By Richard Joseph
In the 45 years since the Nigerian civil war ended in January 1970, Nigeria has often seemed on the verge of making significant political advances. While its population soared, however, the country stumbled through one contentious electoral exercise after another, interspersed with military rule. The recent 2015 elections, which elevated Muhammadu Buhari to the powerful presidency, have produced a significant shift in control of national and state governments from the People’s Democratic Party (PDP) to the All Progressives Congress (APC). The PDP had been the dominant party for 16 straight years.
By Pierre Englebert and Gailyn Portelance
The essential features of Africa’s Growth-Governance Paradox were delineated in 1990 by scholar Jeffrey Herbst. Economic reform programs prescribed by international financial institutions, often called structural adjustment, were premised on reducing the distributional role of the state and maximizing the play of market forces. Herbst noted a contradiction: governing regimes were being encouraged to alter the clientelistic political systems on which their power rested.1
A quarter-century later, sub-Saharan Africa has experienced the most continuous period of economic growth since the 1950s and 1960s. What explains this development: high commodity prices, economic liberalization, better governance and democratization? Some development economists, such as Mushtaq Khan, do not see the necessity of implementing the full “good governance agenda” to achieve a turnaround in economic performance. A theoretical framework, “developmental patrimonialism”, has also been advanced by a group of Africa experts to explain authoritarian modernization in a few countries.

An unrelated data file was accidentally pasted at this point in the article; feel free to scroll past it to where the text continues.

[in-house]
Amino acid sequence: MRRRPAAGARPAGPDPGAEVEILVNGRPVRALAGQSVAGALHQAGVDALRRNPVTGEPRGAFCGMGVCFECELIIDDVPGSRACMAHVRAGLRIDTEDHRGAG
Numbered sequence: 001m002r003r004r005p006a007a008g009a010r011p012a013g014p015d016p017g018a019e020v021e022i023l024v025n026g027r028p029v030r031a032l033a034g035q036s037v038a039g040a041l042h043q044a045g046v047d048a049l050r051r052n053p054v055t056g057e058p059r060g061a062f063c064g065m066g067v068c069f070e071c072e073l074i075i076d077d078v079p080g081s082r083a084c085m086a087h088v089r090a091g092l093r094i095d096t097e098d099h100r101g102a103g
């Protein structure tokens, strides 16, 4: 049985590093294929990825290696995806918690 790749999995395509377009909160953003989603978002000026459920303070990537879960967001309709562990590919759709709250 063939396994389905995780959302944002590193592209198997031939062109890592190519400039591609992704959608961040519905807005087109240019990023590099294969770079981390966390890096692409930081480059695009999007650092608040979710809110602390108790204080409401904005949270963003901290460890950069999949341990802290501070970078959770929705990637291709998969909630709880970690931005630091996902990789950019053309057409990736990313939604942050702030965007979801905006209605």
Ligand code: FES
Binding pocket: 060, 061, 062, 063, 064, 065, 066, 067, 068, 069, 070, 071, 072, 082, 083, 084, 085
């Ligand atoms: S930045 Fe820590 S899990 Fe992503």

Blending qualitative and quantitative analyses, Pierre Englebert and Gailyn Portelance move beyond competing analyses. They inquire why relatively small changes in governance in a group of African countries called “developers” (in contrast to “laggards”) has had such a disproportionate impact on economic performance, and notably in attracting foreign direct investment. Their preliminary report and key hypothesis warrant careful study by scholars, policy analysts, and domestic and external investors.2 It can precipitate a wave of incisive research and better understanding of the political economy of contemporary Africa. Continue reading
By Richard Joseph
July 23 marks 100 days since the Chibok girls were abducted. The Boko Haram insurgency has brought to world attention the shortcomings of Nigeria’s army, police, and other security services. President Goodluck Jonathan is seeking $1billion in external loans to enhance their capacity. His government has shifted from one bold declaration to another: a state of emergency, total war, and now adding more funds to the billions already poured into these services. There is an urgent need for a comprehensive strategy focusing on the wider Nigerian predicament as well as the opportunities for sustainable progress. This essay and others to follow will address this need.